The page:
DJ Z from The DJ Booth

Friday May 15th, 2009 / 11:34 Written by

As I was thinking of ways to make this blog more interesting, I figured it would be great to get the perspective of someone who is exposed to new artists all the time. I instantly got the idea to interview a disc jockey. But, I knew I couldn’t just choose any DJ, because I owe it to you all as readers to get input from someone with a wealth of experience in the music industry. It’s for that reason that I chose Brian Zisook.

Chicago native Brian Zisook, better known as DJ Z, is the Vice President and Editor in Chief of The DJ Booth, LLC. Not only has DJ Z interviewed nearly every major hip hop artist out there (including Kanye West and Akon), but he has also chatted with several of today’s hottest R&B artists (John Legend, Ryan Leslie and Robin Thicke to name a few). Given his years of experience, I knew he would offer an excellent point of view about today’s music. DJ Z kindly answered a few questions about independent music, what aspiring artists should be doing, and artists we should be checking for right now. Here are his responses:

Mimi Soul: What would you say are some of the ways music has evolved over the last few years?

DJ Z: Unfortunately, over the last several years, I think the evolution of new music has slowed down. Most mainstream urban music strives to fit into a known and well-liked “category.” This formulaic way of thinking, for the most part, has hindered the ability of major label artists to truly control their artistic expression. In terms of what we have seen, which could be considered “evolution,” there is a lot more dance-oriented music. The BPM (beats per minute) counter is a lot higher for singles these days; if a DJ cannot mix a song into his/her set, it’s likely because its BPM count is too low (or the record simply isn’t very good).

Mimi Soul: What is something that you think few people know about the music business?

DJ Z: With the amount of artists trying to break into the industry, it’s easy to assume that the record biz is a giant. What people need to understand, though, is that the gatekeepers (DJs, radio programmers, website managers, and bloggers) who double as tastemakers are few and far between. Once you step through that door, it’s easy to see that the industry is indeed much much smaller. If you don’t know how to network properly and use connections in mutually beneficial ways, the chance at long-term success is slim to none.

Mimi Soul: I’m sure you receive lots of demo cds in the mail. How do you know when you’ve heard a really good one? What type of sound catches your attention?

DJ Z: Great question. First things first, your material must be mixed and mastered. The cost of mixing/mastering (by a professional) isn’t cheap, but if you want someone to take your music seriously this is an absolute must. Second, the submission e-mail or mailing needs to be straight to the point and organized: Artist name, song title(s), a website address, and proper contact information need to be included; without all of this information, we immediately trash the submission. Again, artists need to show they are serious. As for the material itself, it needs to possess that overused and totally cliché “it factor.” Having worked in radio for several years, prior to programming, I learned what makes music appealing to broad spectrum of demographics. In the end, though, there isn’t a universal sound that equates to a hit record (otherwise, I would be a rich man).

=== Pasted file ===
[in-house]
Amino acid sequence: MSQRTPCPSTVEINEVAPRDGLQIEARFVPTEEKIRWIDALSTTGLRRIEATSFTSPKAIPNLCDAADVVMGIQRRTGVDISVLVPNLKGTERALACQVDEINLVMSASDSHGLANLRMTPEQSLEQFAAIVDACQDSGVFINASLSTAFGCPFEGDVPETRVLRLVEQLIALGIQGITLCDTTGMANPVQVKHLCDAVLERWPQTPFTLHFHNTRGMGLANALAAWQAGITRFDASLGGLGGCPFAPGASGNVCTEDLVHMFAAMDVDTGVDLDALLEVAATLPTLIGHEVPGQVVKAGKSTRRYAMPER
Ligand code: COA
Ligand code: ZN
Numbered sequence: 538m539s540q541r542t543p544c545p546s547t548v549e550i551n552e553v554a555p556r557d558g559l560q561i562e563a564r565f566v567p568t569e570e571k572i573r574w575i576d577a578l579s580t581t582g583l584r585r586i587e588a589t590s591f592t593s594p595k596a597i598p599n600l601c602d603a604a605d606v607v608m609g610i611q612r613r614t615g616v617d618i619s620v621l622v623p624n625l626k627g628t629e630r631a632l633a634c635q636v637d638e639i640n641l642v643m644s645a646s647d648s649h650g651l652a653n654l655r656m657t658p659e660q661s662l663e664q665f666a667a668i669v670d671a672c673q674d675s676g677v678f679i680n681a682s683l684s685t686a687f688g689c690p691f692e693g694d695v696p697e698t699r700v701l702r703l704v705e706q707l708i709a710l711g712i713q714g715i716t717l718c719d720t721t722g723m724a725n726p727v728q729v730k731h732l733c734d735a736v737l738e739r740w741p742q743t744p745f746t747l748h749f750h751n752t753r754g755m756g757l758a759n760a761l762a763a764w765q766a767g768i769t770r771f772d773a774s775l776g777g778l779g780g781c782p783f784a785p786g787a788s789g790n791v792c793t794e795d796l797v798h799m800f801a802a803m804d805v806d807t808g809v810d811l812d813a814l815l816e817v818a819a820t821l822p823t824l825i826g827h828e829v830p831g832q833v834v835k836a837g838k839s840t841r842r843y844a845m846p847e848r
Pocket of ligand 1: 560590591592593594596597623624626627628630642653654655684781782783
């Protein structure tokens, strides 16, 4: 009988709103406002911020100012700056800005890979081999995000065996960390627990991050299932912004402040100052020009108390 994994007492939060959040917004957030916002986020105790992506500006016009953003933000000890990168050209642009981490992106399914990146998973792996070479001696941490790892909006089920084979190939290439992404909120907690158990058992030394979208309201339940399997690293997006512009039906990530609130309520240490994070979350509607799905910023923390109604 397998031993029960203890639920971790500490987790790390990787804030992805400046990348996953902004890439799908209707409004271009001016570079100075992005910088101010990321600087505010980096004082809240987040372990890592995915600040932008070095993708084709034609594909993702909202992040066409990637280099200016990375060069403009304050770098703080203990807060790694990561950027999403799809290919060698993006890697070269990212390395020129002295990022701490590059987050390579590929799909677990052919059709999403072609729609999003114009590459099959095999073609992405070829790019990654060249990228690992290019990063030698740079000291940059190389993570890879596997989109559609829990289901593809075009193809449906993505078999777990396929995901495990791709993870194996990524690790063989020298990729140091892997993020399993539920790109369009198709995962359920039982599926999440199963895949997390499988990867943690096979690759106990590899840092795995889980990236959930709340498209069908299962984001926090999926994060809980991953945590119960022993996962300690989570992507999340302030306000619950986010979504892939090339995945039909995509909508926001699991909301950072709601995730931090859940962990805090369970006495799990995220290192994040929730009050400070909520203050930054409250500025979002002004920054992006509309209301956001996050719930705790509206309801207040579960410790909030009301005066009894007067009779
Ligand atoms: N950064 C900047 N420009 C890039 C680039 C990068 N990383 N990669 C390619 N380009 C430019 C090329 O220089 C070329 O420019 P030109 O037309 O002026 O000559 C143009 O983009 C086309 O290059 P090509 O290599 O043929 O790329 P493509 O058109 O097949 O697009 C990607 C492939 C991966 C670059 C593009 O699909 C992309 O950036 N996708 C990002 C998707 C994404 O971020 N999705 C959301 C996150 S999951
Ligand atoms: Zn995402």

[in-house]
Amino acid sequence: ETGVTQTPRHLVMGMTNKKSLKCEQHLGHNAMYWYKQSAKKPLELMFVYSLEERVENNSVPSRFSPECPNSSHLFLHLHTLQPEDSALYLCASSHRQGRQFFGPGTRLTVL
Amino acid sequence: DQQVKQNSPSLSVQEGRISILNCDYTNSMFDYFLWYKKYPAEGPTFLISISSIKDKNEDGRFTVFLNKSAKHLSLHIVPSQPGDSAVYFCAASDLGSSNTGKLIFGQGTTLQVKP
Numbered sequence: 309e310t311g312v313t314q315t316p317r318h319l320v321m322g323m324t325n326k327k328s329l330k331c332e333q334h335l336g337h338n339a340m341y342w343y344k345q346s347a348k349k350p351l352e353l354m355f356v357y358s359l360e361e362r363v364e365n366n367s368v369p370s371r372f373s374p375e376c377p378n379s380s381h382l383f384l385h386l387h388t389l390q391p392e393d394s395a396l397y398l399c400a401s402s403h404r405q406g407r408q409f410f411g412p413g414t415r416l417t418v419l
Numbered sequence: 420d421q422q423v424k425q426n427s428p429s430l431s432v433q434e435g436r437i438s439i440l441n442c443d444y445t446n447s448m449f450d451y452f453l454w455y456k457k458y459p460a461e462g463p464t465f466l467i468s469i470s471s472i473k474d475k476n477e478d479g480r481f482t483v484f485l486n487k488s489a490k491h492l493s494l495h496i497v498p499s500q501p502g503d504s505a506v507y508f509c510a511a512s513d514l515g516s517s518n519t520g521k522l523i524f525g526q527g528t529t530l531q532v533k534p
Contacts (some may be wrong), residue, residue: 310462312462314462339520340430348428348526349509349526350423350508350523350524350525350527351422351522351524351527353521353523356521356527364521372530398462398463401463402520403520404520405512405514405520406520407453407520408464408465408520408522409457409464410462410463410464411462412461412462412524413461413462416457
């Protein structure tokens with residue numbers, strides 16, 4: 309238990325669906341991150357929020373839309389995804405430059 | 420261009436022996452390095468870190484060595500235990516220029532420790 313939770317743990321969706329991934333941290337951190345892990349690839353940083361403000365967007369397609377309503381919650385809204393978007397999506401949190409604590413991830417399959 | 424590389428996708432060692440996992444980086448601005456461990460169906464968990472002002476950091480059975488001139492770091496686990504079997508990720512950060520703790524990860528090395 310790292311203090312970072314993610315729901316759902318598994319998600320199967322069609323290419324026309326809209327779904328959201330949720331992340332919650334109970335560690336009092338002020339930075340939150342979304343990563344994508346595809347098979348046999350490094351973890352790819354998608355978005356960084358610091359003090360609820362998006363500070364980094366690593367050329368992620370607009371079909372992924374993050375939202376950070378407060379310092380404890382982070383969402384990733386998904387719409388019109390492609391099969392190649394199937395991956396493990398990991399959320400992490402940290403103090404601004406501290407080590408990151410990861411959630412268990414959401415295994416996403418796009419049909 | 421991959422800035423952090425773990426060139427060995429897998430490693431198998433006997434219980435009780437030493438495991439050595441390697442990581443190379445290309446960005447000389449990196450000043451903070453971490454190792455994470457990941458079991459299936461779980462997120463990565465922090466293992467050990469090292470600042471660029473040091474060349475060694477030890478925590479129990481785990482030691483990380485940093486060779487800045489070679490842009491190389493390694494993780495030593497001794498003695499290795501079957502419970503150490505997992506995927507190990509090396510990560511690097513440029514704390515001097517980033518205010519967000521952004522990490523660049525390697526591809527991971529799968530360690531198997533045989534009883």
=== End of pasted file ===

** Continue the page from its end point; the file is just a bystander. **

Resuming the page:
Mimi Soul: What are your thoughts about the independent music industry?

DJ Z: Independent artists and labels are the future of this industry. In the next several years, I expect to see a sharp decline in the amount of artists who are signing with majors. With the digital age of music upon us, there is only one perk that a major record label can offer an artist that is unattainable on an independent level: media branding. These labels (for the most part) know how to use their years of experience, in order to brand their roster of artists on talk shows, radio programs, newsprint features, and magazine spreads. In the favor of the indie artist, however, is the more popular and highly trafficked Internet. Unlike these other mediums, online promotion (if done properly) can be handled without any cost to the artist. Plus, with all the money you save that doesn’t have to be spread across thousands of employees, you can reinvest in your own product and improve your chances as future success. See Tech N9ne as the perfect example.

Mimi Soul: Could you name a few r&b artists that you think we may not know about and should check out soon?

DJ Z: I have forever been a HUGE fan of R&B music, so coming across a brand new (either signed or unsigned) artist is always a highlight of my job. Some of the most impressive young talent includes Melanie Fiona, Adrian, Kevin Cossom, Pure, Drew Sidora, Daniel Merriweather, Mateo, and Razah.

Thanks for the interview DJ Z! You can keep up with DJ Z by joining the 750,000 unique monthly DJ Booth visitors.


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I'm the editor of Finding the B-Side.

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